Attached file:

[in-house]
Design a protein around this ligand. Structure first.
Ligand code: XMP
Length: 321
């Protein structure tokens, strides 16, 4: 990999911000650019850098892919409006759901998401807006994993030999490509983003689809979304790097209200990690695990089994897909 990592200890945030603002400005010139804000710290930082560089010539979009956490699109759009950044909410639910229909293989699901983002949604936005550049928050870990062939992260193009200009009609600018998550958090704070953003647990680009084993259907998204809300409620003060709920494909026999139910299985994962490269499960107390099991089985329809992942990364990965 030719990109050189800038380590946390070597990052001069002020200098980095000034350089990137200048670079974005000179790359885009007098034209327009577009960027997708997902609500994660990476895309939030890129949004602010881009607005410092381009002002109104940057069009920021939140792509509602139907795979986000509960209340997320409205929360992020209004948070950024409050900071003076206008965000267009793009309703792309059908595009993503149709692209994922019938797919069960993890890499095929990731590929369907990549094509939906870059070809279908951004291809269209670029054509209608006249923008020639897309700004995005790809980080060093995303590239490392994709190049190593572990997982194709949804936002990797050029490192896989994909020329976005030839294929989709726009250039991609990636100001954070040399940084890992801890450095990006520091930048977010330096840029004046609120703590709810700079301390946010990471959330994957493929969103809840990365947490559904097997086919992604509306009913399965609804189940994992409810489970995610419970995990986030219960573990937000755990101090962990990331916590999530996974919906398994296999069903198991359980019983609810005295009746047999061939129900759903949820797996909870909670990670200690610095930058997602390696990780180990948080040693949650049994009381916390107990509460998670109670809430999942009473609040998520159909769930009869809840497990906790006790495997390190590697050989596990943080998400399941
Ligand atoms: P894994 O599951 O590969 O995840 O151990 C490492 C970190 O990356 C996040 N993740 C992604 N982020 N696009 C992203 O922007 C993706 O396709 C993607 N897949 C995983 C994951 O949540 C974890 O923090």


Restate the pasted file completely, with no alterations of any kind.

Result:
[in-house]
Design a protein around this ligand. Structure first.
Ligand code: XMP
Length: 321
């Protein structure tokens, strides 16, 4: 990999911000650019850098892919409006759901998401807006994993030999490509983003689809979304790097209200990690695990089994897909 990592200890945030603002400005010139804000710290930082560089010539979009956490699109759009950044909410639910229909293989699901983002949604936005550049928050870990062939992260193009200009009609600018998550958090704070953003647990680009084993259907998204809300409620003060709920494909026999139910299985994962490269499960107390099991089985329809992942990364990965 030719990109050189800038380590946390070597990052001069002020200098980095000034350089990137200048670079974005000179790359885009007098034209327009577009960027997708997902609500994660990476895309939030890129949004602010881009607005410092381009002002109104940057069009920021939140792509509602139907795979986000509960209340997320409205929360992020209004948070950024409050900071003076206008965000267009793009309703792309059908595009993503149709692209994922019938797919069960993890890499095929990731590929369907990549094509939906870059070809279908951004291809269209670029054509209608006249923008020639897309700004995005790809980080060093995303590239490392994709190049190593572990997982194709949804936002990797050029490192896989994909020329976005030839294929989709726009250039991609990636100001954070040399940084890992801890450095990006520091930048977010330096840029004046609120703590709810700079301390946010990471959330994957493929969103809840990365947490559904097997086919992604509306009913399965609804189940994992409810489970995610419970995990986030219960573990937000755990101090962990990331916590999530996974919906398994296999069903198991359980019983609810005295009746047999061939129900759903949820797996909870909670990670200690610095930058997602390696990780180990948080040693949650049994009381916390107990509460998670109670809430999942009473609040998520159909769930009869809840497990906790006790495997390190590697050989596990943080998400399941
Ligand atoms: P894994 O599951 O590969 O995840 O151990 C490492 C970190 O990356 C996040 N993740 C992604 N982020 N696009 C992203 O922007 C993706 O396709 C993607 N897949 C995983 C994951 O949540 C974890 O923090």